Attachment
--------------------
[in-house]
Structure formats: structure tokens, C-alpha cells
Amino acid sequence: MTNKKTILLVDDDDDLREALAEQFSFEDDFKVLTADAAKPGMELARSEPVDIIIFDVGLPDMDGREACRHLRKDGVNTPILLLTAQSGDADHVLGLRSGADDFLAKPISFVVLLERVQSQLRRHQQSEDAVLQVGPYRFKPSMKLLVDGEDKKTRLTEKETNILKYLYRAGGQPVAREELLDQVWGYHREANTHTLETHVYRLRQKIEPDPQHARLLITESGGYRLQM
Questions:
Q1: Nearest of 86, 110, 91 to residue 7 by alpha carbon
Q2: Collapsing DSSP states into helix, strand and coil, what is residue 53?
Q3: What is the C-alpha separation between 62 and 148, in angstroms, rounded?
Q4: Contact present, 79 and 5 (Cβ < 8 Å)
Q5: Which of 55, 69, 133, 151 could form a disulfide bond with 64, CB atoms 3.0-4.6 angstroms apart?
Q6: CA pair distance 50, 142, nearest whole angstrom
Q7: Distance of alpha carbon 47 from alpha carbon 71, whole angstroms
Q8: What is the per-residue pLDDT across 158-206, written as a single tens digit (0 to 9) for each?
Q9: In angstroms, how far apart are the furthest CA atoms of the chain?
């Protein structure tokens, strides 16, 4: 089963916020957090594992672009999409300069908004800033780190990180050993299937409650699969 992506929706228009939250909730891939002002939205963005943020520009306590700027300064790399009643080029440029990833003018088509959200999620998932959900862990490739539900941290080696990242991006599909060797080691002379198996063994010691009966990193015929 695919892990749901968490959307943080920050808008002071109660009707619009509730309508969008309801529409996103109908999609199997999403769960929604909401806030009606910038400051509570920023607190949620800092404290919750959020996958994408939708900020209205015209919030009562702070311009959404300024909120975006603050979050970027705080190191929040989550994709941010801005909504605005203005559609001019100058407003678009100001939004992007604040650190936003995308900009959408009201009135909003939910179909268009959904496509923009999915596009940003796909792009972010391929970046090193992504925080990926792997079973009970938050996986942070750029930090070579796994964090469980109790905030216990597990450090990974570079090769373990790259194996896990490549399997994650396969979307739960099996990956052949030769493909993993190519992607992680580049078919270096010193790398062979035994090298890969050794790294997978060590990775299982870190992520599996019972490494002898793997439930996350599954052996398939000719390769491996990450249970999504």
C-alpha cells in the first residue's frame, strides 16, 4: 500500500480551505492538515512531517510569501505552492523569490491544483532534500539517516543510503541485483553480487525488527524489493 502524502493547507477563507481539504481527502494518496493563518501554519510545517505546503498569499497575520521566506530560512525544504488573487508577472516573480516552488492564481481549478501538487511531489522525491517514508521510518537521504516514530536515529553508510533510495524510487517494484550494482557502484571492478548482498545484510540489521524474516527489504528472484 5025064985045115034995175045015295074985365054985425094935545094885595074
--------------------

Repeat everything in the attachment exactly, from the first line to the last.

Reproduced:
[in-house]
Structure formats: structure tokens, C-alpha cells
Amino acid sequence: MTNKKTILLVDDDDDLREALAEQFSFEDDFKVLTADAAKPGMELARSEPVDIIIFDVGLPDMDGREACRHLRKDGVNTPILLLTAQSGDADHVLGLRSGADDFLAKPISFVVLLERVQSQLRRHQQSEDAVLQVGPYRFKPSMKLLVDGEDKKTRLTEKETNILKYLYRAGGQPVAREELLDQVWGYHREANTHTLETHVYRLRQKIEPDPQHARLLITESGGYRLQM
Questions:
Q1: Nearest of 86, 110, 91 to residue 7 by alpha carbon
Q2: Collapsing DSSP states into helix, strand and coil, what is residue 53?
Q3: What is the C-alpha separation between 62 and 148, in angstroms, rounded?
Q4: Contact present, 79 and 5 (Cβ < 8 Å)
Q5: Which of 55, 69, 133, 151 could form a disulfide bond with 64, CB atoms 3.0-4.6 angstroms apart?
Q6: CA pair distance 50, 142, nearest whole angstrom
Q7: Distance of alpha carbon 47 from alpha carbon 71, whole angstroms
Q8: What is the per-residue pLDDT across 158-206, written as a single tens digit (0 to 9) for each?
Q9: In angstroms, how far apart are the furthest CA atoms of the chain?
């Protein structure tokens, strides 16, 4: 089963916020957090594992672009999409300069908004800033780190990180050993299937409650699969 992506929706228009939250909730891939002002939205963005943020520009306590700027300064790399009643080029440029990833003018088509959200999620998932959900862990490739539900941290080696990242991006599909060797080691002379198996063994010691009966990193015929 695919892990749901968490959307943080920050808008002071109660009707619009509730309508969008309801529409996103109908999609199997999403769960929604909401806030009606910038400051509570920023607190949620800092404290919750959020996958994408939708900020209205015209919030009562702070311009959404300024909120975006603050979050970027705080190191929040989550994709941010801005909504605005203005559609001019100058407003678009100001939004992007604040650190936003995308900009959408009201009135909003939910179909268009959904496509923009999915596009940003796909792009972010391929970046090193992504925080990926792997079973009970938050996986942070750029930090070579796994964090469980109790905030216990597990450090990974570079090769373990790259194996896990490549399997994650396969979307739960099996990956052949030769493909993993190519992607992680580049078919270096010193790398062979035994090298890969050794790294997978060590990775299982870190992520599996019972490494002898793997439930996350599954052996398939000719390769491996990450249970999504």
C-alpha cells in the first residue's frame, strides 16, 4: 500500500480551505492538515512531517510569501505552492523569490491544483532534500539517516543510503541485483553480487525488527524489493 502524502493547507477563507481539504481527502494518496493563518501554519510545517505546503498569499497575520521566506530560512525544504488573487508577472516573480516552488492564481481549478501538487511531489522525491517514508521510518537521504516514530536515529553508510533510495524510487517494484550494482557502484571492478548482498545484510540489521524474516527489504528472484 5025064985045115034995175045015295074985365054985425094935545094885595074